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Whats with the ip address on my network printer

blizzardchris
Go to solution Solved by Wombo,

My work gave me there old laser printer its a lexmark t644 so i took it home pluged it in did the test print all good so i pluged it into my switch downloaded the driver and installed it during the installation i picked up the printer on the network and life was good untill i went to print something and it fail i looked on my router and the printer was on 192.168.157.1 so i pinged that from my pc but it timed out i after following a few tutorials online on installing a network printer and that didnt work so i thought id change the ip on the printer to 192.168.157.44 to see what happened but that was exactly the same then i changed it to 192.168.1.44 and bam it was found by the pc straight away why did the 1 insted of 157 work

The main issue here is that the defualt subnet mask for a 192.168.x.x network is /24 or 255.255.255.0 This essentially means that unless the first three segments of the IP address match the devices won't be on the same subnet and won't be able to directly communicate. If two devices are not on the same subnet they require a device with routing functionalities to route the traffic between the two subnets.

 

While you will have a router to direct your traffic back to your ISP in reality the function of this is limited by implementation. Anything connected to the "LAN" ports on the device will be on the same "switch", meaning they are believed to be on the same subnet. This means no routing is required however the devices must be on the same subnet. Anything on the other end, the "WAN" port will be considered to be of a different subnet and must be routed to. Your device simply hands that traffic off to your ISP, who has real routers and devices capable of getting your traffic to its destination, and back again.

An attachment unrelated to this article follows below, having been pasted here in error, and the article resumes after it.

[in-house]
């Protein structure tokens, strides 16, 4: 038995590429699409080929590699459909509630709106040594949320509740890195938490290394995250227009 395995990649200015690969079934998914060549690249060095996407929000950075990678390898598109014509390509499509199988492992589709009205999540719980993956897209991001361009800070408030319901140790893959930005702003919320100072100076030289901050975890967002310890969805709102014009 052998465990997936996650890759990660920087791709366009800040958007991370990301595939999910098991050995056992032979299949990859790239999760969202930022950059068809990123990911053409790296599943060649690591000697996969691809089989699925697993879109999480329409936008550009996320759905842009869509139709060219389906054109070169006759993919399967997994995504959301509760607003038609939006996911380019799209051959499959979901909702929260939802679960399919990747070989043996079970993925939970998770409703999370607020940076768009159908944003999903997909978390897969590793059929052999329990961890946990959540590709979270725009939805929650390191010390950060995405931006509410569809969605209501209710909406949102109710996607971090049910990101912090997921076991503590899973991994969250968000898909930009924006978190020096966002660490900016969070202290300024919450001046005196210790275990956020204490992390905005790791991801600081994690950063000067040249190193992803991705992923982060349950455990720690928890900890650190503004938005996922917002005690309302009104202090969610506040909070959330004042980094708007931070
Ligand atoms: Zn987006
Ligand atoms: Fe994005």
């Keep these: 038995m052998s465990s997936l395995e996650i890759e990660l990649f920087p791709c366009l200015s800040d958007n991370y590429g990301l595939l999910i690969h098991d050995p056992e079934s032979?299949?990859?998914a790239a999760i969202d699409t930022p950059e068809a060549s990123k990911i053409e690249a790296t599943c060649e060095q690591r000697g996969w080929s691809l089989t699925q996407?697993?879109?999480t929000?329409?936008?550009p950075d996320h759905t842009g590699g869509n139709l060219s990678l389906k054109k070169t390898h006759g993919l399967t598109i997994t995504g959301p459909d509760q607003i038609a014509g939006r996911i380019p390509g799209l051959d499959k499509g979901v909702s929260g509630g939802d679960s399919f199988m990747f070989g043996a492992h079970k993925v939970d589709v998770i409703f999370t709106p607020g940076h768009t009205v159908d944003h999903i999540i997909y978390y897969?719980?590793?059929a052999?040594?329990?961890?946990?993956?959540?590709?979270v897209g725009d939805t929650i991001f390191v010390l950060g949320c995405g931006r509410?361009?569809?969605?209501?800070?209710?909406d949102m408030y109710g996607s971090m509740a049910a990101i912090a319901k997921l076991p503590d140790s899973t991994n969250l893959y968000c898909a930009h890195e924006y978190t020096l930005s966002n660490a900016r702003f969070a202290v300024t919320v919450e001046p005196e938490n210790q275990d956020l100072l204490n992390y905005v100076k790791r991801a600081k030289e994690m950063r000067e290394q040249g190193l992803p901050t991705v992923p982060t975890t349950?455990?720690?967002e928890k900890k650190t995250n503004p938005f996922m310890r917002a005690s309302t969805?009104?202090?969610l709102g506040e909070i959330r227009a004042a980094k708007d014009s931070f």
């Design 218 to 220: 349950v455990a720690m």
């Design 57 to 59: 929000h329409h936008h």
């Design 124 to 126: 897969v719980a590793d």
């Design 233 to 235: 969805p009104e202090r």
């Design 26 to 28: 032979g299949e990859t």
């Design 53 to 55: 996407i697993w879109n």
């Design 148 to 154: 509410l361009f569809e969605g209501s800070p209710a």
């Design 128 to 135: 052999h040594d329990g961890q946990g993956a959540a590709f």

My work gave me there old laser printer its a lexmark t644 so i took it home pluged it in did the test print all good so i pluged it into my switch downloaded the driver and installed it during the installation i picked up the printer on the network and life was good untill i went to print something and it fail i looked on my router and the printer was on 192.168.157.1 so i pinged that from my pc but it timed out i after following a few tutorials online on installing a network printer and that didnt work so i thought id change the ip on the printer to 192.168.157.44 to see what happened but that was exactly the same then i changed it to 192.168.1.44 and bam it was found by the pc straight away why did the 1 insted of 157 work

THE RIG 

CPU: i7 3770K @ 4.9 COOLER: Kraken X61 MOBO: Z77 Sabertooth RAM: Vengeance 16gb @1600 GPU: ASUS ROG Strix GTX 1080 PSU: EVGA Supernova G2 850w SSD: 850 Pro 256Gb    CASE: B/W phantom 410 AUDIO: Kraken 7.1 Chroma MOUSE: Death Adder Chroma KEYBOARD: Black Widow Chroma MONITOR: Triple 23" Apple Cinama Displays   VR: HTC Vive & Oculus Rift DK2 

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subnet issues

 

your PC only can ping to devices which are on the same subnet

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As above, subnetting.  You can't ping devices that aren't in the same subnet.